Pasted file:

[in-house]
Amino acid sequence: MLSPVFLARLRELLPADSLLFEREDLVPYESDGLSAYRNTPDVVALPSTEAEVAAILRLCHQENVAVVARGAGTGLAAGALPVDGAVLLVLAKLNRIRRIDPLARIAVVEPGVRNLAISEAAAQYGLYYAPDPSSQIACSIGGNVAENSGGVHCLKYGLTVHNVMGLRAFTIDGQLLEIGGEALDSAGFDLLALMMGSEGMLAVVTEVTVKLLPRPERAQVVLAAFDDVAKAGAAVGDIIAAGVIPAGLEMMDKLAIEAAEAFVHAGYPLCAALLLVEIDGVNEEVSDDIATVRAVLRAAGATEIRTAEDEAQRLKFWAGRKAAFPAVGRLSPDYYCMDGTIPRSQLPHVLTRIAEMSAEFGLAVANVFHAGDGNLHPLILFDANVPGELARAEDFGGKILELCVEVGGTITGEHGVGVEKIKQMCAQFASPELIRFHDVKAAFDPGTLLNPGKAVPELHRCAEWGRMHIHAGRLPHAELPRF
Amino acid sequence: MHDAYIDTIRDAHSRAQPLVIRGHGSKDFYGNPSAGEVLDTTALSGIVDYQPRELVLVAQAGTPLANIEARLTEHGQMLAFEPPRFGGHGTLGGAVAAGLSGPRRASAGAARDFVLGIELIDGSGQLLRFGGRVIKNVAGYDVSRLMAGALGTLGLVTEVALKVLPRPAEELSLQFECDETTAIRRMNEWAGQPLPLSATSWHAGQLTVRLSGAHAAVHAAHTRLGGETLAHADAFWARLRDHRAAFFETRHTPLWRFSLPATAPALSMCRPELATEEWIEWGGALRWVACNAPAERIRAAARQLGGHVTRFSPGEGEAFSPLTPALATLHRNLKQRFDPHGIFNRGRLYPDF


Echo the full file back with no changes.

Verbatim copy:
[in-house]
Amino acid sequence: MLSPVFLARLRELLPADSLLFEREDLVPYESDGLSAYRNTPDVVALPSTEAEVAAILRLCHQENVAVVARGAGTGLAAGALPVDGAVLLVLAKLNRIRRIDPLARIAVVEPGVRNLAISEAAAQYGLYYAPDPSSQIACSIGGNVAENSGGVHCLKYGLTVHNVMGLRAFTIDGQLLEIGGEALDSAGFDLLALMMGSEGMLAVVTEVTVKLLPRPERAQVVLAAFDDVAKAGAAVGDIIAAGVIPAGLEMMDKLAIEAAEAFVHAGYPLCAALLLVEIDGVNEEVSDDIATVRAVLRAAGATEIRTAEDEAQRLKFWAGRKAAFPAVGRLSPDYYCMDGTIPRSQLPHVLTRIAEMSAEFGLAVANVFHAGDGNLHPLILFDANVPGELARAEDFGGKILELCVEVGGTITGEHGVGVEKIKQMCAQFASPELIRFHDVKAAFDPGTLLNPGKAVPELHRCAEWGRMHIHAGRLPHAELPRF
Amino acid sequence: MHDAYIDTIRDAHSRAQPLVIRGHGSKDFYGNPSAGEVLDTTALSGIVDYQPRELVLVAQAGTPLANIEARLTEHGQMLAFEPPRFGGHGTLGGAVAAGLSGPRRASAGAARDFVLGIELIDGSGQLLRFGGRVIKNVAGYDVSRLMAGALGTLGLVTEVALKVLPRPAEELSLQFECDETTAIRRMNEWAGQPLPLSATSWHAGQLTVRLSGAHAAVHAAHTRLGGETLAHADAFWARLRDHRAAFFETRHTPLWRFSLPATAPALSMCRPELATEEWIEWGGALRWVACNAPAERIRAAARQLGGHVTRFSPGEGEAFSPLTPALATLHRNLKQRFDPHGIFNRGRLYPDF